Helm Inc. reprints hard copy editions of the original Honda service manuals, they are excellent and for $36 one of the best things you can buy for your bike. .
 

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Thx for all the replies, will start with the 'easier' stuff and work inward from there; lots of good common sense posts from you folks too. Can't have it on the road by tomorrow noon tho as I'm leaving for a three week tour on my '07 BMW RT or there would have been serious activity. My wife watched me like a hawk today each time I went into the garage, she knows I'm itching to get the wrenches out..Hope to have this old bike on the road for next spring tho, repainted and running like a Wing should. Gary in Edmonton.
 

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Hi, got into this bike this aft using Clymer manual for years 1975-81. Removed the gas tank following the book, finally realized 'slide tank to the rear' really meant remove the rear wheel & shocks in order to finally get it out. Is the Haynes better than the Clymer? Hope so or this will be a long rebuild with no prior Wing experience. The interior of the tank has quite a bit of rust altho much of it flushed out using a garden hose. So far so good...
 

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Izbit wrote:
It could use, imo, a complete overhaul due to sitting outside under a tarp for so long.
I don't fix what is not broken. If you want to have fun, why don't you take whole bike apart?

Diagnosing first, then repair.
 

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Once I had a set of keys cut and got the seat off, found a rust hole in the frame rail about an inch long above the battery tray.Guessing water from the torn seat dripped there for years.Will tear the bike apart & strip the frameto check for further rust, cracks,holes etc.; willmig weld to repair if the rest is no worse. Cheaper than spending the winter in front of the tube watching sports & drinking beer...Any opinions on the Haynes manual?
 

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Get mirror on stick to inspect frame. Welders can weld it for probably 20-40 doll. You just need to make patch.
 

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Bish wrote

Add some 10w40 to each spark plug hole and compression test it. That'll tell you if anything major is wrong right off the bat.
Check compression but don't worry too much about low numbers. I had 76 with 0 compression, it was running fine later. If you start engine with half bottle of ATF in oil compression will improve usually.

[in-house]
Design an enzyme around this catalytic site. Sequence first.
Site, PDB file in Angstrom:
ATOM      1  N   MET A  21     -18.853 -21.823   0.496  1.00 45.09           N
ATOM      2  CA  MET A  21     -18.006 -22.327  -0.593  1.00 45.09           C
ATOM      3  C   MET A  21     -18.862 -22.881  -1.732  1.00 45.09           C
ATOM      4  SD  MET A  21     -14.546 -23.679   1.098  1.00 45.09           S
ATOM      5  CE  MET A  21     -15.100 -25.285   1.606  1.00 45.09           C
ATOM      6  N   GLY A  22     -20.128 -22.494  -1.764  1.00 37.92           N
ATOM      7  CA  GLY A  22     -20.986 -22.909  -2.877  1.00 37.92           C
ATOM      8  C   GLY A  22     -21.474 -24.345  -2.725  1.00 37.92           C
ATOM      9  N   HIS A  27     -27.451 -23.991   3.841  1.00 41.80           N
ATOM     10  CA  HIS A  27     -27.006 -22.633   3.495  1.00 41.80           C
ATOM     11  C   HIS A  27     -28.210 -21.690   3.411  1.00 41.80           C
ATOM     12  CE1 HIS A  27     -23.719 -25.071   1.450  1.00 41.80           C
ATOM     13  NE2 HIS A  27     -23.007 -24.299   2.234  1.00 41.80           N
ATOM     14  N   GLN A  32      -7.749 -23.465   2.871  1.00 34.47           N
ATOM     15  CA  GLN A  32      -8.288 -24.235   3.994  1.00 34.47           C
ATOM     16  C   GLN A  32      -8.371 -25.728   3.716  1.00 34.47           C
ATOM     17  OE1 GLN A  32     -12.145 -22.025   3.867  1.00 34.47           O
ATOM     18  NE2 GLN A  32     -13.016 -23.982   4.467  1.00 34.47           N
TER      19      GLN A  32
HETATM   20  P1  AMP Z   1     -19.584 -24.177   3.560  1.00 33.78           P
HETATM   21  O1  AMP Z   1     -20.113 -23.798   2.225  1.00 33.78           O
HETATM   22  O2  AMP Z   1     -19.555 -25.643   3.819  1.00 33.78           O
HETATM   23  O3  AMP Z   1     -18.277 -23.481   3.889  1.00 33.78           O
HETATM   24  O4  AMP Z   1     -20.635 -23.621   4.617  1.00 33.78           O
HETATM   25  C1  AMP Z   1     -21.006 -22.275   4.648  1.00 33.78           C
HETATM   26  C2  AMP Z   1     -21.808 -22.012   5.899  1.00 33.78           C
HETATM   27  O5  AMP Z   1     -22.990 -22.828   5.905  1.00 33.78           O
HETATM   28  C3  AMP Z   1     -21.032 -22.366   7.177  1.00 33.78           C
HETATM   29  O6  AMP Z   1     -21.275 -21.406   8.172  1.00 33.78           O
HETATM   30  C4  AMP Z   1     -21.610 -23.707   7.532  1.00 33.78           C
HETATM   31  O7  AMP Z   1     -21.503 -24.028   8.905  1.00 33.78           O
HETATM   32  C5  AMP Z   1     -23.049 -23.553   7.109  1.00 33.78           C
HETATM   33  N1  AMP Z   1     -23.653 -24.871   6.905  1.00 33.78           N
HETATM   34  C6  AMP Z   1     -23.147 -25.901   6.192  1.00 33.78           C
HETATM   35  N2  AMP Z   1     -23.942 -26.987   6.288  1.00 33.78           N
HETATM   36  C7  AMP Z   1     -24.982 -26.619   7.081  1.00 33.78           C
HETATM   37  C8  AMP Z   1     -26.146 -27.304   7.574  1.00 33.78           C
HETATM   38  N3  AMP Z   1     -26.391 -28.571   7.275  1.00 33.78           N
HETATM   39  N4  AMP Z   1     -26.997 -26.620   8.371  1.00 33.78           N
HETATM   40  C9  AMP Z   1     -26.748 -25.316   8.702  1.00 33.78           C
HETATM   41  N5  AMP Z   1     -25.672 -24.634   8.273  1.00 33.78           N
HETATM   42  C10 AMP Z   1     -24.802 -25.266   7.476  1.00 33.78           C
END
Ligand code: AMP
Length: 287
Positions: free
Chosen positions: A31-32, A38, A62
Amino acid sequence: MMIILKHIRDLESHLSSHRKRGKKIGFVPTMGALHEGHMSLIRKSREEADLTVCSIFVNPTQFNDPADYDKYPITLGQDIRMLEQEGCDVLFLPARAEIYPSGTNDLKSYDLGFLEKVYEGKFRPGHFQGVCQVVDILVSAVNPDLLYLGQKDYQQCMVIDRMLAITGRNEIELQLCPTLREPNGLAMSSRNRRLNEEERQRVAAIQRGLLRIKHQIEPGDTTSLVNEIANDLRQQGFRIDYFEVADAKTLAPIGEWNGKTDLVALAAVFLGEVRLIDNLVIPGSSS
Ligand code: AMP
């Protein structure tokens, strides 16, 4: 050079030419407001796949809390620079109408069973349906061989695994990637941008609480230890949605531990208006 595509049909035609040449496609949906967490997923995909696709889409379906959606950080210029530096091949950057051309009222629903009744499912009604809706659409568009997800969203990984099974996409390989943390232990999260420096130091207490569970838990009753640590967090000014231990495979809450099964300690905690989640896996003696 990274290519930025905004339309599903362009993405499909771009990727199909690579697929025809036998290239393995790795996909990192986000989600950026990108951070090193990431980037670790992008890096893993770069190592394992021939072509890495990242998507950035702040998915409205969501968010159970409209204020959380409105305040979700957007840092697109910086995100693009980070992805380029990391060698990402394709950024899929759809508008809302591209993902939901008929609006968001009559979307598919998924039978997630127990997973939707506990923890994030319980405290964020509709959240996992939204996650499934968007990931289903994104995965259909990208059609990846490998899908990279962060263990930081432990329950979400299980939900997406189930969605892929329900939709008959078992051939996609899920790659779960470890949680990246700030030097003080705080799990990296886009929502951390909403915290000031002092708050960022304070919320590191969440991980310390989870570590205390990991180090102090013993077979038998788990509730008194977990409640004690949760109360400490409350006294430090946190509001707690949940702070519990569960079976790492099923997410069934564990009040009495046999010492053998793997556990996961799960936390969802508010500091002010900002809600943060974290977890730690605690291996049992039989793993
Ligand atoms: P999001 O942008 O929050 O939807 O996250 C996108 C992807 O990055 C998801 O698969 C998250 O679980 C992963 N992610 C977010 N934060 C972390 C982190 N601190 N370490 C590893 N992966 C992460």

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I cannot over-emphasis that the timing belts WILL need to be replaced. They will probably look fine but they normally will not SHOW wear. That is why many don't get replaced, then break. When this happens you are probably looking at a new engine or at the very least MAJOR repairs.

:clapper:
 

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So far the mechanicals seem to be in great shape for the age and being stored outside for years. Turned over the engine via the front crank pulley, very smooth operation; I'm impreseed withHonda's build quality and it does not appear major repairs are necessary. Reading the Haynes/Clymer manuals it seems prudent to pull the engine and replace the alternator stator;alsoreplace the old CDI. Any recommendations foraftermarket sources for high quality electronics for this bike? I want to replacewheel bearings,belts & hoses, seals, other rubber pieces on this thirty year old bike.Rebuild the calipers, master cylinders and S/S brake lines. Plan to gift it to my twenty year old nephew, he rides a 600 crotch rocket andwants to see more of the world on a proper touring bike. So safety and reliability is foremost in mind.
 

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The 1100 series is very reliable . I would not toss the stator without having it running first and know its bad . If the stator plug to mainharness seems to have been overheated its recomended to cut it out and soldier the wires together and seal with heat shrink tube . Also the "Dog Bone fuse " at the battery box is known to go bad . IT is commonly replaced with a "Blade" type fuse assy. Is the CDI bad ? really id clean the carbs fuel system and see if it runs. Sometimes the CDI /spark ignitier boxes might look as though they leaked out there insulation . Lots of folks here with them still running like that . Some have poured epoxy into them .